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The state is both an omnipresent and an elusive feature of modern political life. Hardly any political and social relationship exists outside of its reach and influence; and yet, it is impossible to point to a person, group, or institution that represents the state as a whole. As the sociologist Philip Abrams once noted, “We have come to take the state for granted as an object of political practice and political analysis while remaining quite spectacularly unclear as to what the state is.”
What, then, makes a state? Is it successfully laying claim to the monopoly of the legitimate use of force? Or is it better understood by its ability to control class conflict and stabilize capitalist societies? What role has it played in the spread of colonial relations of domination, and in the reproduction of contemporary forms of patriarchy and racism? Does the state even exist, or is it just an illusion of unity projected onto diffuse power relations? And if the state has a historical origin, does this also mean it will one day give way to a different kind of organization?
In this course, we will attempt to answer these questions by considering some of the foundational modern and contemporary perspectives on the state as a form of organized political power. First, it looks at why and how the state has come to be the exclusive and definitive feature of “the political” in modernity. Then, it examines its role as a repressive power and a guarantor of political order, from the early modern period to the present. Following that, it turns to the state’s role in both reproducing social (class, gender, and racial) differences and subduing their antagonisms. Lastly, it ends by examining some critiques of the state and statist thinking, on both theoretical and political grounds. Readings will be drawn from works by Thomas Hobbes, Karl Marx, V.I. Lenin, Max Weber, Carl Schmitt, Antonio Gramsci, Michel Foucault, Nicos Poulantzas, Stuart Hall, Wendy Brown, Charles Tilly, Theda Skocpol, and Ruth Wilson Gilmore.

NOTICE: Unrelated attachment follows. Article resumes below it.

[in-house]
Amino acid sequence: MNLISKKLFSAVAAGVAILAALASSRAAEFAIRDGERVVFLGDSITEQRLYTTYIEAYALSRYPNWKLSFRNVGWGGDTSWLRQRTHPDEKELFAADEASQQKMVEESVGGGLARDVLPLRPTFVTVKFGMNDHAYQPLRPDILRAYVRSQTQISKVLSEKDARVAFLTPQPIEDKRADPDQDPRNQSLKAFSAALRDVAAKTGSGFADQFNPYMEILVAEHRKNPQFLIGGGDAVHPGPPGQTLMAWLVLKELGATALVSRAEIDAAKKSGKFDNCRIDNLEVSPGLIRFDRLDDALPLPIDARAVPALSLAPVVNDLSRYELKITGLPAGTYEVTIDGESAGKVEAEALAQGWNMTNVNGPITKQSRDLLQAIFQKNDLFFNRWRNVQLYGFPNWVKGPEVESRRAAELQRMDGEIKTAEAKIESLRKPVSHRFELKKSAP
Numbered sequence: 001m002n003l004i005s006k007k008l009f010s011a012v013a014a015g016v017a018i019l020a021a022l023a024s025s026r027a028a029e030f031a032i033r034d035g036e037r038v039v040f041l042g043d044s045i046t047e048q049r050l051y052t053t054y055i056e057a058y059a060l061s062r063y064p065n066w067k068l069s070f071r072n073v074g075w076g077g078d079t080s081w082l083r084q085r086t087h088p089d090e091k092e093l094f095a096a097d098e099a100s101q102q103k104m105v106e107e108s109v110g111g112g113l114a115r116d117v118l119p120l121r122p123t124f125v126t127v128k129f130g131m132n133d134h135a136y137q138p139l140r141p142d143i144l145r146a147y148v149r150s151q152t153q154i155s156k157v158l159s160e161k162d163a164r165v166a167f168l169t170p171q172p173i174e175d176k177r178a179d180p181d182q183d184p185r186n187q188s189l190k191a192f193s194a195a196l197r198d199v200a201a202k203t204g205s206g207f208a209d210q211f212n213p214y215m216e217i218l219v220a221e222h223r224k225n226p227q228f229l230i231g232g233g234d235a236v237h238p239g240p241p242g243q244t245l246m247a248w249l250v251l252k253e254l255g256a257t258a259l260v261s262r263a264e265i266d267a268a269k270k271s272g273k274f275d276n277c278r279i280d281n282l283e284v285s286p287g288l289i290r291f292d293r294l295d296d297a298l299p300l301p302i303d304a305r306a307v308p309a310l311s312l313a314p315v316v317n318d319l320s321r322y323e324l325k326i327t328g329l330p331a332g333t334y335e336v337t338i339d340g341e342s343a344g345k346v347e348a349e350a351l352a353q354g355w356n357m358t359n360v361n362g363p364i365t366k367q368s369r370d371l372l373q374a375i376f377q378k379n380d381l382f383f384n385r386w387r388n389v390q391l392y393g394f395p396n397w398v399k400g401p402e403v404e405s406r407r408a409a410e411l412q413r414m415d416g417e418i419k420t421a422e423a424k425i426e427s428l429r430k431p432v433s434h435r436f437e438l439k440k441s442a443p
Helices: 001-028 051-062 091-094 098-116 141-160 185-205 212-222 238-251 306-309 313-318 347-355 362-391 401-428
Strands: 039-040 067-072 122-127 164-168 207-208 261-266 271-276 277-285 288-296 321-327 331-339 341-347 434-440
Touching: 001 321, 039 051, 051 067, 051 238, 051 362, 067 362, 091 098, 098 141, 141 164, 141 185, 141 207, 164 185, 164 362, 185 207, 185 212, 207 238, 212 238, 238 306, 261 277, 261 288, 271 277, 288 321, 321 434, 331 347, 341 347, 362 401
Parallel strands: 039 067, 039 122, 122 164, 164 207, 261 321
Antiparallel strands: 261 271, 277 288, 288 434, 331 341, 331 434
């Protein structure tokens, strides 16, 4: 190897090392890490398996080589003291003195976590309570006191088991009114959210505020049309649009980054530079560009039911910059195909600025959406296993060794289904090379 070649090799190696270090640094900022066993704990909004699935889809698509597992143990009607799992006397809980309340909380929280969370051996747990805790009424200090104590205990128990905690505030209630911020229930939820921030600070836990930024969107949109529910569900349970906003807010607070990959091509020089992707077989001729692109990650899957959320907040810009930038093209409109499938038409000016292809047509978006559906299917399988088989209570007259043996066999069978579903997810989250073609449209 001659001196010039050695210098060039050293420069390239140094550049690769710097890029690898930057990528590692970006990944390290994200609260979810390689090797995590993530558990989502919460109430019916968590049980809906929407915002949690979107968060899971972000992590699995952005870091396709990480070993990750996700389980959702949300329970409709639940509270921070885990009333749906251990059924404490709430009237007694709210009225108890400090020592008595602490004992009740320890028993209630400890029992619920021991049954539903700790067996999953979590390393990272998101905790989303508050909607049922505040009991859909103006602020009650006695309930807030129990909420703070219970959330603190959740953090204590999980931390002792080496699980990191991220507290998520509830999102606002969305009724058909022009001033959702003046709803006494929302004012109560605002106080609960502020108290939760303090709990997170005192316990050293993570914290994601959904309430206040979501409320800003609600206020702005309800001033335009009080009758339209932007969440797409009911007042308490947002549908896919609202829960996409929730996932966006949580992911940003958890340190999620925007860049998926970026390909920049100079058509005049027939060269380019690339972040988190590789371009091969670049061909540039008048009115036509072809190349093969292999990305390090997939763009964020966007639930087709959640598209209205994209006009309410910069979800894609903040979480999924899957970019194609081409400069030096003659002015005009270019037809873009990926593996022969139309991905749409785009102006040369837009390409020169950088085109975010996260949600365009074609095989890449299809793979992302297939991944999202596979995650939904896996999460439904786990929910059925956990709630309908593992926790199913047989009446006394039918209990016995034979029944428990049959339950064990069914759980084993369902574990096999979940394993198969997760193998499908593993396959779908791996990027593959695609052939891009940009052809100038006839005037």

This course is available for "remote" learning and will be available to anyone with access to an internet device with a microphone (this includes most models of computers, tablets). Classes will take place with a "Live" instructor at the date/times listed below.
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Brooklyn Institute for Social Research
New York, New York Online
New York, New York
This class isn't on the schedule at the moment, but save it to your Wish List to find out when it comes back!
The Brooklyn Institute for Social Research was established in 2011 in Boerum Hill, Brooklyn. Its mission is to extend liberal arts education and research far beyond the borders of the traditional university, supporting community education needs and opening up new possibilities for scholarship in the...
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Marxism and anti-colonialism were once deeply intertwined in national liberation and other movements, from Vietnam to Angola to Algeria and beyond. However, by the end of the 20th century, Marxist and other socialist thought often seemed dated in a world with a waning Soviet bloc and an emerging neoliberal consensus. Postcolonial theory, itself often...
Tuesday Apr 6th, 6:30pm - 9:30pm Eastern Time(4 sessions)
While international politics has been a topic of discourse since at least Thucydides, international relations, as a branch of study distinct from political theory, emerged in the late 19th century—just as the European nation-state was making itself felt as the dominant political actor on the world stage. While arguably no discipline evolves...
Sunday Apr 11th, 3pm - 6pm Eastern Time(4 sessions)
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